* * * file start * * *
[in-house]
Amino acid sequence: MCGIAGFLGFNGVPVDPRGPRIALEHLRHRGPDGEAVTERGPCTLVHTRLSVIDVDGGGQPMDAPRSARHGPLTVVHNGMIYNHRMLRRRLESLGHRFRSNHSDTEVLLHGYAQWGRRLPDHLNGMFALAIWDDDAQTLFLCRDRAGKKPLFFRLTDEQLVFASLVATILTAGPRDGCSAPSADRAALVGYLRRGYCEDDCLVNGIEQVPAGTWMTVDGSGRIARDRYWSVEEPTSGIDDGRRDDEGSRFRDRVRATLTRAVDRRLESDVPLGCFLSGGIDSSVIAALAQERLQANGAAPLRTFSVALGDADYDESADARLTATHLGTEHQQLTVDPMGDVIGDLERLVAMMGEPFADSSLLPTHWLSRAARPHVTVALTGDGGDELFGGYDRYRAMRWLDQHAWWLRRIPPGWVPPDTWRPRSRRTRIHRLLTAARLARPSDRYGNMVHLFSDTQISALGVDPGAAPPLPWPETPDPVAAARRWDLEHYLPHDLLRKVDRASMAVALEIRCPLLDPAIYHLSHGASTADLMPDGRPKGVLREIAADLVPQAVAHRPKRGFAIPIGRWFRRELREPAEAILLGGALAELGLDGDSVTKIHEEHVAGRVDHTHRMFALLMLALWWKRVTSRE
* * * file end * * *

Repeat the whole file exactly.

[in-house]
Amino acid sequence: MCGIAGFLGFNGVPVDPRGPRIALEHLRHRGPDGEAVTERGPCTLVHTRLSVIDVDGGGQPMDAPRSARHGPLTVVHNGMIYNHRMLRRRLESLGHRFRSNHSDTEVLLHGYAQWGRRLPDHLNGMFALAIWDDDAQTLFLCRDRAGKKPLFFRLTDEQLVFASLVATILTAGPRDGCSAPSADRAALVGYLRRGYCEDDCLVNGIEQVPAGTWMTVDGSGRIARDRYWSVEEPTSGIDDGRRDDEGSRFRDRVRATLTRAVDRRLESDVPLGCFLSGGIDSSVIAALAQERLQANGAAPLRTFSVALGDADYDESADARLTATHLGTEHQQLTVDPMGDVIGDLERLVAMMGEPFADSSLLPTHWLSRAARPHVTVALTGDGGDELFGGYDRYRAMRWLDQHAWWLRRIPPGWVPPDTWRPRSRRTRIHRLLTAARLARPSDRYGNMVHLFSDTQISALGVDPGAAPPLPWPETPDPVAAARRWDLEHYLPHDLLRKVDRASMAVALEIRCPLLDPAIYHLSHGASTADLMPDGRPKGVLREIAADLVPQAVAHRPKRGFAIPIGRWFRRELREPAEAILLGGALAELGLDGDSVTKIHEEHVAGRVDHTHRMFALLMLALWWKRVTSRE